Under the terms of the service agreement, the shelter can be activated by the city’s Housing and Human Services Manager between the months of November and March when “temperatures fall below 32 degrees for 24 or more consecutive hours and/or snow accumulation exceeding or expected to exceed 3 inches in depth and/or other conditions deemed severe enough to present a substantial threat to life or health of homeless persons." Kent’s Severe Weather Shelter Operations guide provides additional details regarding activation procedures and the roles of various program participants.

The city announces the shelter has been activated by emailing community organizations, including the police, fire, and parks departments, local schools, and others, and by hanging signs and posters at various community locations. A YouTube video, produced by the Kent Housing and Human Services Department, describes how the shelter program works.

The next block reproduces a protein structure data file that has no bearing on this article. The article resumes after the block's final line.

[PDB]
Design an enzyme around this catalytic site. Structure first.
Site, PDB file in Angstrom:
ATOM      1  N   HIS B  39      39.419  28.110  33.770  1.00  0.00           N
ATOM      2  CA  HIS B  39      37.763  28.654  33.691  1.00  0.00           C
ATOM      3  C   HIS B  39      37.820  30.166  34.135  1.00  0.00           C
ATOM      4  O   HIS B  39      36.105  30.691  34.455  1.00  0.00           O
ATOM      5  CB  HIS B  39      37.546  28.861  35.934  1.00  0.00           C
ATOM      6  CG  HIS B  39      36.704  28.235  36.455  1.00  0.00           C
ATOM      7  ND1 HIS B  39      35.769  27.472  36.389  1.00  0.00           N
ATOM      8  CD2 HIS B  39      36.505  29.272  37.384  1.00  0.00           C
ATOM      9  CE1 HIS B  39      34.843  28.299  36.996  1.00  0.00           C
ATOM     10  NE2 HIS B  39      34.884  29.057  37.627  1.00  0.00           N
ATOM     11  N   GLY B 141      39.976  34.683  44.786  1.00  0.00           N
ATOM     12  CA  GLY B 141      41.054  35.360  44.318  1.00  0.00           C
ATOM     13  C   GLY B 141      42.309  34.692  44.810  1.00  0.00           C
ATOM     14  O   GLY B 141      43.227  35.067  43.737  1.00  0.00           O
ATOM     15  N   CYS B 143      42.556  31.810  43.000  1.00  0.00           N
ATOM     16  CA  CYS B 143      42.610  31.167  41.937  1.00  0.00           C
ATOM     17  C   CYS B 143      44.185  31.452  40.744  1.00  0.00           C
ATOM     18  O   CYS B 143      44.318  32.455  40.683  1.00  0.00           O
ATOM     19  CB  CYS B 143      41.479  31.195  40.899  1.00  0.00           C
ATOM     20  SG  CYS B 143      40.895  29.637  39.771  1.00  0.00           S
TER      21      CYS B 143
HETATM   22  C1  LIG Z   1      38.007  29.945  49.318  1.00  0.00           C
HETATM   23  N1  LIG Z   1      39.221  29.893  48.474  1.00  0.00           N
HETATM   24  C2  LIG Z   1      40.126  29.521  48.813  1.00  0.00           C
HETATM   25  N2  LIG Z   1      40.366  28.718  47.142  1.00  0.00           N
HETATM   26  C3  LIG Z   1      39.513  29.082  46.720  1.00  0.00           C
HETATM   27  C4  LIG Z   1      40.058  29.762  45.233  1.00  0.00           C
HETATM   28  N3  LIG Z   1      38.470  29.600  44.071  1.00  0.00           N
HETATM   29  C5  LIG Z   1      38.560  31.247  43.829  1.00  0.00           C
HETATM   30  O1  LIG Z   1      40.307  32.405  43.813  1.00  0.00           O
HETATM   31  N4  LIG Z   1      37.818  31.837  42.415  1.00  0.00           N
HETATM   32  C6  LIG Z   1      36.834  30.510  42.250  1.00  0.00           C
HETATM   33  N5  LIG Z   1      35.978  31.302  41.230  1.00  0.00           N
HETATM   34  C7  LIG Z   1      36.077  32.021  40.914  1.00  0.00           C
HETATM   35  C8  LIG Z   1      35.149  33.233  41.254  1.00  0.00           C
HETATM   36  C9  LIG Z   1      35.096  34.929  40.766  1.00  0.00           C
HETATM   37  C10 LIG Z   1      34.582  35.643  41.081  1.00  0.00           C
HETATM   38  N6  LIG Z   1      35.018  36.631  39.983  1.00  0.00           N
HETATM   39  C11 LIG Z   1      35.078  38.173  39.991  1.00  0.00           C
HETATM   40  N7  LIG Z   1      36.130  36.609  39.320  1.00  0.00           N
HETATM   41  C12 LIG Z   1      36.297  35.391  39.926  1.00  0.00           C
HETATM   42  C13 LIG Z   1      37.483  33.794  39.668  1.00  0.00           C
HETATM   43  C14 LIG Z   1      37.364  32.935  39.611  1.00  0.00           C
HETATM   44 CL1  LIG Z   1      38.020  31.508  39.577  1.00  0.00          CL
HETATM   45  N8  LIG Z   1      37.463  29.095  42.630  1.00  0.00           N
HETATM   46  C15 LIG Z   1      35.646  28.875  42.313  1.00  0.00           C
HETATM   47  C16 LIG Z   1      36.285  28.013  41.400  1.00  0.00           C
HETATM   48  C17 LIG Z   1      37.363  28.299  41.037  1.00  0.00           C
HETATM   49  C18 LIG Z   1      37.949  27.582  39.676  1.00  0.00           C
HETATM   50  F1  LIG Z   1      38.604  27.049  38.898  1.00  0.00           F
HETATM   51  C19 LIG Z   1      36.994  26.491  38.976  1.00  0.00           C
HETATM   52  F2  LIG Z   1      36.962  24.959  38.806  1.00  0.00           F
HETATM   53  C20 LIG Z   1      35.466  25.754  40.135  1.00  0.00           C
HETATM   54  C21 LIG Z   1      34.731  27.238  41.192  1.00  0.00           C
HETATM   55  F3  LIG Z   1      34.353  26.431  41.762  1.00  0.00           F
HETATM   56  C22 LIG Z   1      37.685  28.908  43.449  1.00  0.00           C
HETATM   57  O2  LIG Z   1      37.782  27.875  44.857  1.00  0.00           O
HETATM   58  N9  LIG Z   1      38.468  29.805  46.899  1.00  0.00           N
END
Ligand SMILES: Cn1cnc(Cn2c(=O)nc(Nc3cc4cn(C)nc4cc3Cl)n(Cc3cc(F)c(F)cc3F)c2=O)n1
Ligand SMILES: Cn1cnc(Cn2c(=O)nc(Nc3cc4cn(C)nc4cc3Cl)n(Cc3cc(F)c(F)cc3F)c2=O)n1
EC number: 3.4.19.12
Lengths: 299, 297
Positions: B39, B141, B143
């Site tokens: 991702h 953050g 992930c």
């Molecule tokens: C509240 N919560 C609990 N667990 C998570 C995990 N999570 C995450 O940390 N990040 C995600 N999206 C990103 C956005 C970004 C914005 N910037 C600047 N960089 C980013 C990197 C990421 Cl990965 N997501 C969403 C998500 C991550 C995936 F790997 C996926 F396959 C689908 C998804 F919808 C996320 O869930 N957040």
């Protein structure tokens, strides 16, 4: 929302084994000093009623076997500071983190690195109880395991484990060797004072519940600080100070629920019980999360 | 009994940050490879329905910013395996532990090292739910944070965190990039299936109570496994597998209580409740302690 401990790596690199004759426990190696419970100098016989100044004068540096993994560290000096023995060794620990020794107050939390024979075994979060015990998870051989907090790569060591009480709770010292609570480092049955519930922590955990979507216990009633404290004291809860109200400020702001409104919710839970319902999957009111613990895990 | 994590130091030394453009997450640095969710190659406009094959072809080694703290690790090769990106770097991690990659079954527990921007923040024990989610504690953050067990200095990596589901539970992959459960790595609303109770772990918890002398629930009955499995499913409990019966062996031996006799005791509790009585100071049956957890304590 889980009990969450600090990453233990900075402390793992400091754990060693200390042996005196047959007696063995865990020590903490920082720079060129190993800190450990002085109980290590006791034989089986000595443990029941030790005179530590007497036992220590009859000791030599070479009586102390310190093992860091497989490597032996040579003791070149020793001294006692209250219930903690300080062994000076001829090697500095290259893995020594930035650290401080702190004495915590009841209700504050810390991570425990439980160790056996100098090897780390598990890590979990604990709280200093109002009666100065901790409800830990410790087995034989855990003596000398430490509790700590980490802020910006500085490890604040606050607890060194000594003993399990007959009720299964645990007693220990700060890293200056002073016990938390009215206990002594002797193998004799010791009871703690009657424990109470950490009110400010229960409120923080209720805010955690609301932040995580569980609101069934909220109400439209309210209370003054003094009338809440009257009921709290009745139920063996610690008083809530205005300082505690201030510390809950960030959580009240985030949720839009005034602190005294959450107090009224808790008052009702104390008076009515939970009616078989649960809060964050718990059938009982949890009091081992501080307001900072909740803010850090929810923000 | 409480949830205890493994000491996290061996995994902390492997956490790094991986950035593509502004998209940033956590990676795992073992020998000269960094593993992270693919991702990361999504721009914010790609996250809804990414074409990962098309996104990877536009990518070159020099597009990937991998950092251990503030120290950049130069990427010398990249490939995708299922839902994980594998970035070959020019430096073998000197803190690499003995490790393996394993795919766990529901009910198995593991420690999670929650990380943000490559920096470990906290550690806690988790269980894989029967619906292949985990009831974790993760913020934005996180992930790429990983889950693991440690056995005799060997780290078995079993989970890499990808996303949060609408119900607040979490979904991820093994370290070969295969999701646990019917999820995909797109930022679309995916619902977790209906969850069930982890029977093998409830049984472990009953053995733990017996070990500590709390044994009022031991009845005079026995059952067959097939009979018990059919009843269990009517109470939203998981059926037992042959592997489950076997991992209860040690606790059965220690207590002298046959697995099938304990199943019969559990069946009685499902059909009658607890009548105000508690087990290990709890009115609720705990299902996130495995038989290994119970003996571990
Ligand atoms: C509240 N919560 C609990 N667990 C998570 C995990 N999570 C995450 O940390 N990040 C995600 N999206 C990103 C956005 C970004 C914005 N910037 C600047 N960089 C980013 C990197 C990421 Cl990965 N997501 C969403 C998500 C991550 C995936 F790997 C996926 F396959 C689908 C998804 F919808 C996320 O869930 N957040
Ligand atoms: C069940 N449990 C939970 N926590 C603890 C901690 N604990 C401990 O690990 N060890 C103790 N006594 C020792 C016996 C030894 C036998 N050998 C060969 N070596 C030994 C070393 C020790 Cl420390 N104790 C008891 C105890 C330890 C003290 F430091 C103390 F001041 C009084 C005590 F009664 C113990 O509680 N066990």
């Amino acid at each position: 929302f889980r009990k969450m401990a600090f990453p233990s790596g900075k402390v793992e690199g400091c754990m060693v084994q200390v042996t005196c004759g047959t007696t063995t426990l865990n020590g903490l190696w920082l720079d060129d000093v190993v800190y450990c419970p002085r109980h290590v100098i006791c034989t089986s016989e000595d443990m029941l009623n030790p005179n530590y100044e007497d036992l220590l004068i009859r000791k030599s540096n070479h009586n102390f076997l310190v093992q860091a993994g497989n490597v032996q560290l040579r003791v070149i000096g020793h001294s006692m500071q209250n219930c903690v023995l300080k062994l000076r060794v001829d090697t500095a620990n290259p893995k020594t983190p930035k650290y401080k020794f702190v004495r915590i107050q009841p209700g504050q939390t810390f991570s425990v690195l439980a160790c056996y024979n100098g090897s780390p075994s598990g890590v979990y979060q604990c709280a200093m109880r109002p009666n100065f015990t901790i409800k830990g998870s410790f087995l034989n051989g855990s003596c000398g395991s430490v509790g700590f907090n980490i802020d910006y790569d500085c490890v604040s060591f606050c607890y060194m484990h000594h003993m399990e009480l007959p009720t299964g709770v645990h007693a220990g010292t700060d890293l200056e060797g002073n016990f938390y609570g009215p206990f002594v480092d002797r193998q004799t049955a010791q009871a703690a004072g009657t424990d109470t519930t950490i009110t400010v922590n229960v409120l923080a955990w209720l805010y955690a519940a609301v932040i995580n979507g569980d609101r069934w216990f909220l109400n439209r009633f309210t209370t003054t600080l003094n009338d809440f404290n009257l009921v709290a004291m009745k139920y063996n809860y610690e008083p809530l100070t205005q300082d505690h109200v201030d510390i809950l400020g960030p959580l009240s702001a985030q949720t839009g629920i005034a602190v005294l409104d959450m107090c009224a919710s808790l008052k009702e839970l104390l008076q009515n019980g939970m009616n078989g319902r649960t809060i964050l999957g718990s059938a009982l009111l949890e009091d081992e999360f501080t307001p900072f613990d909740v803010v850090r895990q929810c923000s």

The program gives priority to homeless families with children (living on the street or in vehicles) but also provides space for single women and men. The shelter is open daily from 9:00 PM to 7:00 AM while severe weather conditions exist.

Shelter staffing is provided by the church and typically includes member volunteers. The volunteers prepare the facility, greet guests, conduct safety screenings, prepare meals, and provide overnight supervision. To address security issues, the police department is notified when the shelter is activated, and staff are instructed to call 9-1-1 if an emergency situation occurs. The church group also provides some staff trained to assist people in crisis, and these providers carry insurance coverage per the terms of the service contract.

Eastside Men's Shelter